The timeline for this work will also be affected by when the beaches can be accessed, given the need to avoid sea turtle nesting season (May through October) and the seasonal constraints created by annual visits by tourists and seasonal residents. That is why normal annual renourishment projects always occur in November and not any other time of the year.
Some Final Thoughts
Ian was a watershed event for our community and for Florida overall. One cannot overstate the magnitude of the storm and its impact. Many experts in the insurance industry believe it will ultimately have a $100 billion impact, the largest storm event in history, exceeding even Katrina and Superstorm Sandy.
Many Naples residents are still digging out from this tragedy, determining whether and how they can repair their properties under complex FEMA rules, or instead be forced to sell. This is understandably priority #1 for many people.
But from a broader community standpoint, there is no bigger priority than restoring our beaches and ancillary facilities damaged by the storm (Naples Pier, Lowdermilk Park, the many beach access points, and others).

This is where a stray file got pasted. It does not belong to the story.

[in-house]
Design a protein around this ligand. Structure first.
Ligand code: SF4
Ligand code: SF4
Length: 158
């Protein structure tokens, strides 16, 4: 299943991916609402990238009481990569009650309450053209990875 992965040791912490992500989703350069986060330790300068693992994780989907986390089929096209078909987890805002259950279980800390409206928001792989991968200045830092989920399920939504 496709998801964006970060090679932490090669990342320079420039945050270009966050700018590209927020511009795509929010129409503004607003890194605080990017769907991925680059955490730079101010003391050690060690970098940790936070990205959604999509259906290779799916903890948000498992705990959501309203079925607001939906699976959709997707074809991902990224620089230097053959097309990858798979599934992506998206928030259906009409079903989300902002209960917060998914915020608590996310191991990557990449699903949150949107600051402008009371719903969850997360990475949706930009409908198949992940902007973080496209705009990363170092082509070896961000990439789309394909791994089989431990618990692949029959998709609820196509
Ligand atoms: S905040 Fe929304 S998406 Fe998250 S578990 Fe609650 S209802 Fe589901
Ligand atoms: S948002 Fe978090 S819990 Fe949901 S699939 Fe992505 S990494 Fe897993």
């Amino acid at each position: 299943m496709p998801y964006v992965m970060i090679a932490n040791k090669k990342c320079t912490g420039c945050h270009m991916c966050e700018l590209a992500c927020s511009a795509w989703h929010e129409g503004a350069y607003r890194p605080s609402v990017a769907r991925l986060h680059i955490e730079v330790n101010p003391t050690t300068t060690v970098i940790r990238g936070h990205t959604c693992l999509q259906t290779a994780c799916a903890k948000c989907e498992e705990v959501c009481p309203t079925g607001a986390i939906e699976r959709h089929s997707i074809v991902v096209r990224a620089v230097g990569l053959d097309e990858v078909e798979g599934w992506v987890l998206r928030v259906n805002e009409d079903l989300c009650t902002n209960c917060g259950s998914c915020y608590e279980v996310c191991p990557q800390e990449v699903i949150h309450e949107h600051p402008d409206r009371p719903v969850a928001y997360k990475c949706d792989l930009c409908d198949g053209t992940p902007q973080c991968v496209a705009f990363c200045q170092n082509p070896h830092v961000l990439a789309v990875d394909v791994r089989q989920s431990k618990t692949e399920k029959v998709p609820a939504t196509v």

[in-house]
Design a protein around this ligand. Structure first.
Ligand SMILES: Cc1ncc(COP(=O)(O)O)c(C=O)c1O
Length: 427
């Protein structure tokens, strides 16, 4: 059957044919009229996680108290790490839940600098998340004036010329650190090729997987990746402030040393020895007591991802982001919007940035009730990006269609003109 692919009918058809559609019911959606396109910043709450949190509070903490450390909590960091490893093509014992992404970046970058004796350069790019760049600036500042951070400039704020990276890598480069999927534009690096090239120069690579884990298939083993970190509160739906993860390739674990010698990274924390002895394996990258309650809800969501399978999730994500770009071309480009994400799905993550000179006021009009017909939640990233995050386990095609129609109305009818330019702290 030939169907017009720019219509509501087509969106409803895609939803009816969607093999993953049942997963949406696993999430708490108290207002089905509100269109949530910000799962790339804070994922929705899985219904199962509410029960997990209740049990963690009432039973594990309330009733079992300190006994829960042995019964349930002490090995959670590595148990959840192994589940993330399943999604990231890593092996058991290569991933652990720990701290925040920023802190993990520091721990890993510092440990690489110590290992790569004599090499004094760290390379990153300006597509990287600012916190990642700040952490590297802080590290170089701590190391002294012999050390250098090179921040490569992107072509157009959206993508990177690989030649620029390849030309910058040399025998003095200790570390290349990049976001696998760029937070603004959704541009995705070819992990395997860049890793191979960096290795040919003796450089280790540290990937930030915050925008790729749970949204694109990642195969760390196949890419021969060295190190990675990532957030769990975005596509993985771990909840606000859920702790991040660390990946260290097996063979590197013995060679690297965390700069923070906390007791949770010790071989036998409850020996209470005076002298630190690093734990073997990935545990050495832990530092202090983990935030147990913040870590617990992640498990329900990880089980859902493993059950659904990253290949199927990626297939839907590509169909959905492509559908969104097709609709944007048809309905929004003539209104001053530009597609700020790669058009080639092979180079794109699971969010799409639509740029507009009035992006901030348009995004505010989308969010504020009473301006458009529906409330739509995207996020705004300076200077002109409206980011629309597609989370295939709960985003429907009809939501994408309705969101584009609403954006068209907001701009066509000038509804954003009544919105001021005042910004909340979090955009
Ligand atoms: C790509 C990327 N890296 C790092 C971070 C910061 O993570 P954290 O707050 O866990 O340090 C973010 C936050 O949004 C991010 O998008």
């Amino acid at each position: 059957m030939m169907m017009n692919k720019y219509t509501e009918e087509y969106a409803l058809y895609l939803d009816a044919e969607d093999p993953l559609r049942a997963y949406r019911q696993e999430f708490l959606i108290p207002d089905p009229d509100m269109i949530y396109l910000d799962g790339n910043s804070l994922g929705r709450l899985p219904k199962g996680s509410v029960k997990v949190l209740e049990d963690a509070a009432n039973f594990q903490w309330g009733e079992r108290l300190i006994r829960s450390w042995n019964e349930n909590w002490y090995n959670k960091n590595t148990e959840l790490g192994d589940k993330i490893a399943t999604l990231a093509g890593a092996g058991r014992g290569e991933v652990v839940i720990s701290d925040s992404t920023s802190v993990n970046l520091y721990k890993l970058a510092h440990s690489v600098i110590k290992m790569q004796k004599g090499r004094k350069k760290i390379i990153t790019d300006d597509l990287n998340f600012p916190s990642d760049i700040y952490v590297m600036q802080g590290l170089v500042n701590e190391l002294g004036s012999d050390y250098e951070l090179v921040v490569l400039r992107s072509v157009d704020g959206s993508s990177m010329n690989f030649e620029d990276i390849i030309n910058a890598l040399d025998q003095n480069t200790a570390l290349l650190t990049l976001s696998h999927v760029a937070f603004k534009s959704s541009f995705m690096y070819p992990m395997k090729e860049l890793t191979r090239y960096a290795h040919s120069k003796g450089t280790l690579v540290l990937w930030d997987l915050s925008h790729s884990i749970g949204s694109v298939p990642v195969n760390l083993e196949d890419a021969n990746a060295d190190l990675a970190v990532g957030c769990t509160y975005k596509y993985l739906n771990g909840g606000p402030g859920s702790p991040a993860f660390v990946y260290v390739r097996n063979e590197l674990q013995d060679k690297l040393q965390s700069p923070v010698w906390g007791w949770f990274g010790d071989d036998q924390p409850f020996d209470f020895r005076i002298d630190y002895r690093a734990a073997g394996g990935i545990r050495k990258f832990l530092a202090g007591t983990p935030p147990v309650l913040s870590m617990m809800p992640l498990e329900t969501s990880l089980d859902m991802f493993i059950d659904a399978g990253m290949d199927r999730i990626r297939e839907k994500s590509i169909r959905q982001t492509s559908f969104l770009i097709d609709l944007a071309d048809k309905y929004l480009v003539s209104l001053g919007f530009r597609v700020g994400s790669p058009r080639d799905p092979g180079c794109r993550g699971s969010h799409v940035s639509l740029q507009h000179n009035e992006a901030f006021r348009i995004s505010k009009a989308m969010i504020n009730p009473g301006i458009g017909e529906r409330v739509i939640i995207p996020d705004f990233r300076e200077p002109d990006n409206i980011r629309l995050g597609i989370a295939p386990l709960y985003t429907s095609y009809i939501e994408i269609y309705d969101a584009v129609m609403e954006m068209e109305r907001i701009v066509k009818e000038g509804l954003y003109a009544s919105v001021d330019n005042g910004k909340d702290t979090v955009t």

City staff has done a tremendous job to this point in expeditiously repairing beach crossovers and reopening beach access points (17 and counting). And our beaches are again full of visitors and residents enjoying the sun and water and, of course, our famous Naples sunsets.
But therein lies a problem. Visitation and use of our beaches has not slackened post-Ian. In fact, it has increased, by 25% or more since September. This will make our restoration job even harder as we try to rebuild and replant dune systems while thousands walk over them daily on their way to the beach. It is a bit like trying to repave a major highway without ever closing any lanes!
In order to get this job done….and done right…residents will need to have patience but also urge the City and County to think creatively and ambitiously. This horrific event can become an opportunity to make our beach and dune system even better….and better able to withstand future storm events, which we know will come.